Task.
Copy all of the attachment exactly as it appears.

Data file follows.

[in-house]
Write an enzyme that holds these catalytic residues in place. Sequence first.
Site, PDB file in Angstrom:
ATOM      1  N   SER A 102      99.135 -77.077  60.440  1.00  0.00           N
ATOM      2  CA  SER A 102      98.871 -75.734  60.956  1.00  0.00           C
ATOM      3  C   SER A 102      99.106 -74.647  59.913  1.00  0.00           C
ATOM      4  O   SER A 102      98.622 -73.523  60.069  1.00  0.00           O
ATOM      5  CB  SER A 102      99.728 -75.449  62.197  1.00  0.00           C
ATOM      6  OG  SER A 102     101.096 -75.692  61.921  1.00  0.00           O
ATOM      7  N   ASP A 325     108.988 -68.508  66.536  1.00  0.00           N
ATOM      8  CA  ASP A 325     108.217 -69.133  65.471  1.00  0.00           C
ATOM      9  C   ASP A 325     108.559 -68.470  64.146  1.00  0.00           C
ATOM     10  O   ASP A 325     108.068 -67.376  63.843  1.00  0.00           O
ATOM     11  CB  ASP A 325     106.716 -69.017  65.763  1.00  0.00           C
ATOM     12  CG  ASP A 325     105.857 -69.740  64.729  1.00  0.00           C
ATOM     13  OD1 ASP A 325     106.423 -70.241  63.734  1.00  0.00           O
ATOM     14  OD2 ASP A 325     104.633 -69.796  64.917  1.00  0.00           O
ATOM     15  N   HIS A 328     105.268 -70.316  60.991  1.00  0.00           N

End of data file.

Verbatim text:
[in-house]
Write an enzyme that holds these catalytic residues in place. Sequence first.
Site, PDB file in Angstrom:
ATOM      1  N   SER A 102      99.135 -77.077  60.440  1.00  0.00           N
ATOM      2  CA  SER A 102      98.871 -75.734  60.956  1.00  0.00           C
ATOM      3  C   SER A 102      99.106 -74.647  59.913  1.00  0.00           C
ATOM      4  O   SER A 102      98.622 -73.523  60.069  1.00  0.00           O
ATOM      5  CB  SER A 102      99.728 -75.449  62.197  1.00  0.00           C
ATOM      6  OG  SER A 102     101.096 -75.692  61.921  1.00  0.00           O
ATOM      7  N   ASP A 325     108.988 -68.508  66.536  1.00  0.00           N
ATOM      8  CA  ASP A 325     108.217 -69.133  65.471  1.00  0.00           C
ATOM      9  C   ASP A 325     108.559 -68.470  64.146  1.00  0.00           C
ATOM     10  O   ASP A 325     108.068 -67.376  63.843  1.00  0.00           O
ATOM     11  CB  ASP A 325     106.716 -69.017  65.763  1.00  0.00           C
ATOM     12  CG  ASP A 325     105.857 -69.740  64.729  1.00  0.00           C
ATOM     13  OD1 ASP A 325     106.423 -70.241  63.734  1.00  0.00           O
ATOM     14  OD2 ASP A 325     104.633 -69.796  64.917  1.00  0.00           O
ATOM     15  N   HIS A 328     105.268 -70.316  60.991  1.00  0.00           N